Michele Marincola and Sarah Maisey, “To Err is Human: Understanding and Sharing Mistakes in Conservation Practice,” ICOM-CC 16th, Triennial Conference, Lisbon. Preprints, 2011, paper 1911.
Lucretia Kargère and Michele Marincola, “The Conservation of Polychrome Wood Sculpture in the United States: An Historical Overview 1870-1970,” ICOM-CC 16th Triennial Conference, Lisbon. Preprints, 2011, paper 1703.
Chapuis, Julien und Michele Marincola, "Bemerkungen zum Meister der Biberacher Sippe und zu einem hl. Rochus in The Cloisters," in Nicht die Bibliothek, sondern das Auge: Westeuropäische Skulptur und Malerei an der Wende zur Neuzeit, 66-75.Petersberg: Michael Imhof Verlag, 2008.
Michele Marincola, "Brandi in America: Further Thoughts towards a History."In Cesare Brandi Oggi, Prime ricognizioni (Atti del Convegno, May-June 2007), 251-258.Rome: Istituto Centrale di Restauro, 2008.
"Riemenschneider's Use of the Decorative Punch."In Tilman Riemenschneider, c. 1460-1531. Studies in the History of Art, 65. Washington, D.C.: National Gallery of Art, 2004.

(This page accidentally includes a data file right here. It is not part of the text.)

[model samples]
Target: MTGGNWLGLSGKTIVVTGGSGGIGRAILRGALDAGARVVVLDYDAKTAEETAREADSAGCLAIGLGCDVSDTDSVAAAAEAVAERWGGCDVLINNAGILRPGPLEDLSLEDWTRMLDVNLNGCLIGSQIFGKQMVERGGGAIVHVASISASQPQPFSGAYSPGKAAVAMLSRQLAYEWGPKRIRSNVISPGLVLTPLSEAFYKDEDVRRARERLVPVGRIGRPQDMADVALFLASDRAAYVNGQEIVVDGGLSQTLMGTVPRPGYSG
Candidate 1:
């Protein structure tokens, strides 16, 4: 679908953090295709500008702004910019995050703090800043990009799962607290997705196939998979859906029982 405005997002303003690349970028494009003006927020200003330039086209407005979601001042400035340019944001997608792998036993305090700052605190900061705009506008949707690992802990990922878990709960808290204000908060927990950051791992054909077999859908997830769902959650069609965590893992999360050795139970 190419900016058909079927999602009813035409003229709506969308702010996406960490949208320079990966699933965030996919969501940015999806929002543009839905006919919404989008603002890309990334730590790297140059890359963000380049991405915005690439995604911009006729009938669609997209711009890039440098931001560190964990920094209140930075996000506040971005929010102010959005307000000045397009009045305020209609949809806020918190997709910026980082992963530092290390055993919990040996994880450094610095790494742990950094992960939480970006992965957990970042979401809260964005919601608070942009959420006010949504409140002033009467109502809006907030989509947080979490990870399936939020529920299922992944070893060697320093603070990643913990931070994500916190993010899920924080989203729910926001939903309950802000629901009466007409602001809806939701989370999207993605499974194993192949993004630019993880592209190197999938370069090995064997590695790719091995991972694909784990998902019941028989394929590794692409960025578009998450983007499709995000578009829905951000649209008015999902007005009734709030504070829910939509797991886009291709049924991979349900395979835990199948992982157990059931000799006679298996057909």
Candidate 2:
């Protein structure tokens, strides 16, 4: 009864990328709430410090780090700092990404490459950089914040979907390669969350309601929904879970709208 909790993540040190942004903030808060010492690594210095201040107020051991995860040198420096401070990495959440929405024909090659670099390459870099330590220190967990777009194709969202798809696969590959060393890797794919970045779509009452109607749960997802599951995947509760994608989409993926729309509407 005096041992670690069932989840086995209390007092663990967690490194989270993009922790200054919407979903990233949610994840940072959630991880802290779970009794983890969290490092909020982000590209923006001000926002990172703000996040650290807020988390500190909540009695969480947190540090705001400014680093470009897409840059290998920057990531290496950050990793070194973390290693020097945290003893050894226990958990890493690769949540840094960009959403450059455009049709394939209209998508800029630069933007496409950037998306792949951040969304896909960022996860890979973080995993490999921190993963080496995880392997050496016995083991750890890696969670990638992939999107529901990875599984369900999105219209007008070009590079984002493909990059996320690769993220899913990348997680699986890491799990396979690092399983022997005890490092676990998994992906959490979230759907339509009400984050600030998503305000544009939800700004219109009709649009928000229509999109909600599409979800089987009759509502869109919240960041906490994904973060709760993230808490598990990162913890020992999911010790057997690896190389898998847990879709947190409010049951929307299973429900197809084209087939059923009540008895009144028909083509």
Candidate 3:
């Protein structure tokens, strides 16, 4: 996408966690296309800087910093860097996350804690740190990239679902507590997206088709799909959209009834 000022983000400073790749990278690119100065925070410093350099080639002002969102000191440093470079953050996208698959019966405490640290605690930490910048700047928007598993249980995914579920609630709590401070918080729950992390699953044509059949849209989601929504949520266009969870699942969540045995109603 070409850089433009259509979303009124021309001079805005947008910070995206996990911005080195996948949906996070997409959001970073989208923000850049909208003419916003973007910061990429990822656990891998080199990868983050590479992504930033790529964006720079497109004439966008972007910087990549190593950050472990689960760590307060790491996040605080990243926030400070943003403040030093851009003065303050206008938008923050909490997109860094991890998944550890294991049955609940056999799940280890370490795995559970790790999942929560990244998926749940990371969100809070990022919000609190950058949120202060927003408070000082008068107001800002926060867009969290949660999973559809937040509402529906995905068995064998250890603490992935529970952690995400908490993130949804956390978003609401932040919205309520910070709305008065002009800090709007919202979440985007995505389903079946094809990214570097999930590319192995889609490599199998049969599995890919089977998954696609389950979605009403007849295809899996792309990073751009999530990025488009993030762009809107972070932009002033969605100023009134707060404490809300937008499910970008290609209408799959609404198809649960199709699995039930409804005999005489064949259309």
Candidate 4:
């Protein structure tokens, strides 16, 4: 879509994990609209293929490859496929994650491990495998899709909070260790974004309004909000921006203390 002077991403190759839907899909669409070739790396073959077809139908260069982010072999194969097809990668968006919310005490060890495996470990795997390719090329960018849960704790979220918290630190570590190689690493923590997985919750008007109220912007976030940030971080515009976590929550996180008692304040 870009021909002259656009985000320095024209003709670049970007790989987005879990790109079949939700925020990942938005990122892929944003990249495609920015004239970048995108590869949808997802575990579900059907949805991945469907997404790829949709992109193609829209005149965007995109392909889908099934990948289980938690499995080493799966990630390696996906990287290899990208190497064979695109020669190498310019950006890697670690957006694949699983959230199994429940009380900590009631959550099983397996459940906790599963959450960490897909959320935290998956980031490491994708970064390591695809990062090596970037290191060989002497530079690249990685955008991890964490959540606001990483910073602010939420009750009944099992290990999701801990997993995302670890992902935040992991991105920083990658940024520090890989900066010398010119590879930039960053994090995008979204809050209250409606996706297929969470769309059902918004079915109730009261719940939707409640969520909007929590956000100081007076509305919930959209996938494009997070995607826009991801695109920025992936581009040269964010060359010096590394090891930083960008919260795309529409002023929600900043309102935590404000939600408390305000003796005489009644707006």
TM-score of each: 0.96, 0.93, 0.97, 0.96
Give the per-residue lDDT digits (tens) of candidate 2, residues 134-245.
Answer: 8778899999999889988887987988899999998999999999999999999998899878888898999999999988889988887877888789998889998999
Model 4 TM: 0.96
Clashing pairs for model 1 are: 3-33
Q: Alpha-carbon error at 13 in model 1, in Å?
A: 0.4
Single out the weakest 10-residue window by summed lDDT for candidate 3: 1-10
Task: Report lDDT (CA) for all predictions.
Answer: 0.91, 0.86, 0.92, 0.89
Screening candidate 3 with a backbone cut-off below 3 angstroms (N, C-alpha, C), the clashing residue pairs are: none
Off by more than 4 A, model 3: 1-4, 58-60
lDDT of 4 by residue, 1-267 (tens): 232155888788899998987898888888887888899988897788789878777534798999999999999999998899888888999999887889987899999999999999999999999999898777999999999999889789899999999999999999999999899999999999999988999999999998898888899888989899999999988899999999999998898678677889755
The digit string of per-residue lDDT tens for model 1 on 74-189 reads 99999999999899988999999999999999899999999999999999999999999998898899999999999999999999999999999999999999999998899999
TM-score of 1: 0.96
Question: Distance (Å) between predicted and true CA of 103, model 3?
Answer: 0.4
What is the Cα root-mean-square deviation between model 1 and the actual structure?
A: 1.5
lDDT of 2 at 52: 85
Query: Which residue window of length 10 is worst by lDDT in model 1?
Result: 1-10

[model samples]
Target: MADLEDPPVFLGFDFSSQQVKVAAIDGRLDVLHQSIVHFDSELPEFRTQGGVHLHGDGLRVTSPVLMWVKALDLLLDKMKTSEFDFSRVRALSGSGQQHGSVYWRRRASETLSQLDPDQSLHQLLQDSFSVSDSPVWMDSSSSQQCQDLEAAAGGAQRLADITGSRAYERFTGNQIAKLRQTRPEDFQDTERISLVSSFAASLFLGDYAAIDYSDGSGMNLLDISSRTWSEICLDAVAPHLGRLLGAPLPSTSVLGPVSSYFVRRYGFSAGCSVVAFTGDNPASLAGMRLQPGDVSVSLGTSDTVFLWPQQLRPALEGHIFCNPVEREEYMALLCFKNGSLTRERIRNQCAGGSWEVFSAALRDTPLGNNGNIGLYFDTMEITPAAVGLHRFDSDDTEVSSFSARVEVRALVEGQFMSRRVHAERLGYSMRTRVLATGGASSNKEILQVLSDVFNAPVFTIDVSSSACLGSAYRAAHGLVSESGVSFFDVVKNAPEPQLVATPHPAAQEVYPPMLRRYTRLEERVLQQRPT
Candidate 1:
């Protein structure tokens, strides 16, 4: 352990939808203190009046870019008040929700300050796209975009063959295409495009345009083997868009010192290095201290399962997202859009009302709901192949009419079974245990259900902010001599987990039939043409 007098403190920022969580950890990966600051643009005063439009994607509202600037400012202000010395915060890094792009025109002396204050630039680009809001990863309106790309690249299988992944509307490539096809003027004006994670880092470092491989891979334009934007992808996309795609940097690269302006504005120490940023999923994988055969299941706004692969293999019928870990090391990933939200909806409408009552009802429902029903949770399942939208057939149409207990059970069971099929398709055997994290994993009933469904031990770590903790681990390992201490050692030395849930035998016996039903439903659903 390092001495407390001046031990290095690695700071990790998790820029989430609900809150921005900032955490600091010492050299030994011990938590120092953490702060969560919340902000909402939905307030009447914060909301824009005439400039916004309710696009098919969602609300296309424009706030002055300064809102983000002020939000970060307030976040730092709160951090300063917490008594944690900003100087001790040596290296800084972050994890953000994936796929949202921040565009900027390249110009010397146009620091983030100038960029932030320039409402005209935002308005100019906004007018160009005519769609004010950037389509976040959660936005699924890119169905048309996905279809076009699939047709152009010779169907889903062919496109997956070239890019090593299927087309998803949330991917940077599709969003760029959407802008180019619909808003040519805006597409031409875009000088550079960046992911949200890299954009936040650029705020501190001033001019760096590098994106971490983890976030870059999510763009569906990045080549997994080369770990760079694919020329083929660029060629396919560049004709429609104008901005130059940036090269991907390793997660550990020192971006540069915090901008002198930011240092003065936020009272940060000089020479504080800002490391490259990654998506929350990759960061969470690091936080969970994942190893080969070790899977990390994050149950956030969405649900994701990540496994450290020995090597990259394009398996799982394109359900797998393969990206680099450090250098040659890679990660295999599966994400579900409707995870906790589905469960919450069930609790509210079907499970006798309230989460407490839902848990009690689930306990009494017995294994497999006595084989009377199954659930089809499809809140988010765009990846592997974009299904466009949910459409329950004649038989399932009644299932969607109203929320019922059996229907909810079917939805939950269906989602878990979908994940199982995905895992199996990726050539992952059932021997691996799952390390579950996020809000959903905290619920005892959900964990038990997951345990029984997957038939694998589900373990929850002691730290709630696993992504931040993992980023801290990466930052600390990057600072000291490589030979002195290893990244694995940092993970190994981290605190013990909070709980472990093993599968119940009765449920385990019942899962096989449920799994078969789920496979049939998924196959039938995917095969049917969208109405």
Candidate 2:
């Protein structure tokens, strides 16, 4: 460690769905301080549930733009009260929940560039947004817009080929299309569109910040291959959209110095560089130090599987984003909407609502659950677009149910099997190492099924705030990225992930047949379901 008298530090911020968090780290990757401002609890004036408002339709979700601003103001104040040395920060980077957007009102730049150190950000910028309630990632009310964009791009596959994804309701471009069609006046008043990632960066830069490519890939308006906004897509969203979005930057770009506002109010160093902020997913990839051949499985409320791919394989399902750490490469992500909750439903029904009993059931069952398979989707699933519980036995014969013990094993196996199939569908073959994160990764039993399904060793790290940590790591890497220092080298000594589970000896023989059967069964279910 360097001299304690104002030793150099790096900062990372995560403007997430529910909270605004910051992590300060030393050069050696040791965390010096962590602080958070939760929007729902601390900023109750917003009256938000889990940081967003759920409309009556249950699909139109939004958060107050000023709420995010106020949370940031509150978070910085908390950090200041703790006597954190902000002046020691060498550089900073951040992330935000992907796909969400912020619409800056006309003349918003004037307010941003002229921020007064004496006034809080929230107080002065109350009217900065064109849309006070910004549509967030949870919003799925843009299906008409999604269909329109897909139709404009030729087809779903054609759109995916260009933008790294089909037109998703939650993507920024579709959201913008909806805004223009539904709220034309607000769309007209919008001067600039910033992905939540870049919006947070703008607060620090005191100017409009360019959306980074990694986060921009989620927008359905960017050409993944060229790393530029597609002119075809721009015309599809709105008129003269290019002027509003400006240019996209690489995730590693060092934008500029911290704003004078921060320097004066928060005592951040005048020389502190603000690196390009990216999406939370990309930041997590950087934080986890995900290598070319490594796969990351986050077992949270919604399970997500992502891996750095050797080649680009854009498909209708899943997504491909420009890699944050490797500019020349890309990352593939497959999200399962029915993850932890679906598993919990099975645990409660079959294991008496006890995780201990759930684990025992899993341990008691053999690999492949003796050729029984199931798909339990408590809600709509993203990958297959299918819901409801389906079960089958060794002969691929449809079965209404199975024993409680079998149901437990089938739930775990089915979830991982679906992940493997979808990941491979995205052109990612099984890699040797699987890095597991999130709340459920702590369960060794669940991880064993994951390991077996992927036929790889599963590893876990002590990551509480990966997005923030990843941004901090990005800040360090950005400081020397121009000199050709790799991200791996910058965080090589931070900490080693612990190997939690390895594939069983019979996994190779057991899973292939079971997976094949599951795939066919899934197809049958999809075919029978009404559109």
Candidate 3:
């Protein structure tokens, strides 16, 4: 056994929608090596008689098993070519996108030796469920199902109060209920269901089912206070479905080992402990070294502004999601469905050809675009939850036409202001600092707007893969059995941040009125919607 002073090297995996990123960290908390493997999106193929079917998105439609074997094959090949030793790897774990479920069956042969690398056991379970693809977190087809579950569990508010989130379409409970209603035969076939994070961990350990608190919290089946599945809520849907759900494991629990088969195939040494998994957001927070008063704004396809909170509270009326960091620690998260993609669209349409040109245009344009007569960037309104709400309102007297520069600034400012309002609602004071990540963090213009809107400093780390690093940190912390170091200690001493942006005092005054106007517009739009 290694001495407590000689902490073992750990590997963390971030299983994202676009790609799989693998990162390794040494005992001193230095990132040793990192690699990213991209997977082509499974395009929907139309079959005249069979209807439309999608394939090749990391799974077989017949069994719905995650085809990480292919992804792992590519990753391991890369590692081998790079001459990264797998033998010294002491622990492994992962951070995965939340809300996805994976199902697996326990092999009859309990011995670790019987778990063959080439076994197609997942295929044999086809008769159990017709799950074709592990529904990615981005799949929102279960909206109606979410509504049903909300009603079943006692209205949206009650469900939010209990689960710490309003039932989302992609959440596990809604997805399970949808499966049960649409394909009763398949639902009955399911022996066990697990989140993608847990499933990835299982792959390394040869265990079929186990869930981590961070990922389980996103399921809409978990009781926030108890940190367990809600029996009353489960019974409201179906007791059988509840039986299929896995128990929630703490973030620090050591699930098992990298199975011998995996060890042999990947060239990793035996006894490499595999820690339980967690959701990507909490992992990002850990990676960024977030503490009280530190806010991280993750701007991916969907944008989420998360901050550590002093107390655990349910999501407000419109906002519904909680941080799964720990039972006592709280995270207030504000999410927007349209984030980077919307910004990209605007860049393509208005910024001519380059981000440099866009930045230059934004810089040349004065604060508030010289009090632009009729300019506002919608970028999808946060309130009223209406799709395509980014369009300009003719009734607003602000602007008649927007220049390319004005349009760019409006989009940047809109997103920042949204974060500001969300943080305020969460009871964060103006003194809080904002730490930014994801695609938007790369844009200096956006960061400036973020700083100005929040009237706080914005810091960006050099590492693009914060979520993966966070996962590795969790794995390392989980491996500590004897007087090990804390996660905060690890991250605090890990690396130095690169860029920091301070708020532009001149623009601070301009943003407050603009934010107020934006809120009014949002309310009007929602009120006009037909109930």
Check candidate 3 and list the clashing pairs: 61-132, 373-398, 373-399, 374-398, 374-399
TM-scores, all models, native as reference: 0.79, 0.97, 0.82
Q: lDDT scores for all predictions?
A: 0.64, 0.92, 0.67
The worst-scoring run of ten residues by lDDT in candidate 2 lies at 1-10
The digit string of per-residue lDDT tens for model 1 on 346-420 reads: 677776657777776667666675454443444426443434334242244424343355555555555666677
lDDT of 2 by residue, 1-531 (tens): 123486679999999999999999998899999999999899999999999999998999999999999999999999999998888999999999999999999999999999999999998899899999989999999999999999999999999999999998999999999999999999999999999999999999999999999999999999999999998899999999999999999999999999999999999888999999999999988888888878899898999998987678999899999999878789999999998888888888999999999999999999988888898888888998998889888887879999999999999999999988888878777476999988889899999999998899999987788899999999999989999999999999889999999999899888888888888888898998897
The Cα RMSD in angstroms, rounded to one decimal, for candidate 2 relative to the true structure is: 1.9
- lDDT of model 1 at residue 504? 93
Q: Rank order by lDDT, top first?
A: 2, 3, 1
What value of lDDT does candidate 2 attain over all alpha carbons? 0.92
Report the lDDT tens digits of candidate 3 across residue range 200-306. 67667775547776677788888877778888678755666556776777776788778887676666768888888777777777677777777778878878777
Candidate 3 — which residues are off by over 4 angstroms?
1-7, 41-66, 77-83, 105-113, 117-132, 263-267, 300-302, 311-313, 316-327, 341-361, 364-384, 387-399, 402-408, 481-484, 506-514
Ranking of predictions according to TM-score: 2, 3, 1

"Polychromy." In Encyclopedia of Sculpture.Chicago, IL: Fitzroy Dearborn, 2003.
"A Technical Investigation of the Dumbarton Oaks Virgin and Child by Tilman Riemenschneider."The Sculpture Journal IV (2000): 24-34.
"The Surfaces of Riemenschneider's Sculpture."In Tilman Riemenschneider: Master Sculptor of the Late Middle Ages, 100-116.Washington, D.C.: National Gallery of Art, 1999.
"A Standing Virgin in The Cloisters: The Conservation and Restoration of a Medieval Alabaster." The Metropolitan Museum of Art Bulletin (Winter 1997/98): 38-45.
Stein, R., J. Kimmel, F. Klemm, M. Marincola. "Observations on Cyclododecane as a Temporary Consolidant for Stone." Journal of the American Institute for Conservation 39, no. 3 (Spring 2001): 355-369.
Ellen Pearlstein, Ellen and Michele Marincola, eds. Loss Compensation: Technical and Philosophical Issues, Proceedings of the Objects Specialty Group Session.Washington, D. C.: American Institute for Conservation , 1994.
Professional Associate, American Institute for Conservation Co-Chair, Objects Specialty Group, American Institute for Conservation, 1993-95 Professional Study Grant, The Metropolitan Museum of Art, The Use of Purple Fluorite as an Artists' Pigment in the Middle Ages, 1997 Panel Reviewer, Institute of Museum and Library Services, Conservation Project Support, 1997, 2002